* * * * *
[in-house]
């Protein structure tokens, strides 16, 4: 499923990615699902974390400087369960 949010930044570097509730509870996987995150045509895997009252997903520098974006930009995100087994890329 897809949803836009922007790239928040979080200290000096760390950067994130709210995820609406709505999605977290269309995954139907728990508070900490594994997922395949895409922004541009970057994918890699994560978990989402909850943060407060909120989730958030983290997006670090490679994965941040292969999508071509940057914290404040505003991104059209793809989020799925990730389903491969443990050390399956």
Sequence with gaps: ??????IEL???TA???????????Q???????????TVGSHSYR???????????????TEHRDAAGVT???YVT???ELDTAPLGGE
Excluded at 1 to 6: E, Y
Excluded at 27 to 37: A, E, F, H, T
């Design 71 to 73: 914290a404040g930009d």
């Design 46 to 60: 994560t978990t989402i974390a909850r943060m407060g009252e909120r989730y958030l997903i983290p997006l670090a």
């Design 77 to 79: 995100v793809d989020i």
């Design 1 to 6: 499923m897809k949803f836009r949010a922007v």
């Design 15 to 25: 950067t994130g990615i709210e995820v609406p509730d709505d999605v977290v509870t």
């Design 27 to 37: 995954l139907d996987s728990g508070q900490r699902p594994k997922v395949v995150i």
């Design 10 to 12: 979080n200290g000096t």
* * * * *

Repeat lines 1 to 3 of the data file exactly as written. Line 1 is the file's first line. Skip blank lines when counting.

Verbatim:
[in-house]
């Protein structure tokens, strides 16, 4: 499923990615699902974390400087369960 949010930044570097509730509870996987995150045509895997009252997903520098974006930009995100087994890329 897809949803836009922007790239928040979080200290000096760390950067994130709210995820609406709505999605977290269309995954139907728990508070900490594994997922395949895409922004541009970057994918890699994560978990989402909850943060407060909120989730958030983290997006670090490679994965941040292969999508071509940057914290404040505003991104059209793809989020799925990730389903491969443990050390399956």
Sequence with gaps: ??????IEL???TA???????????Q???????????TVGSHSYR???????????????TEHRDAAGVT???YVT???ELDTAPLGGE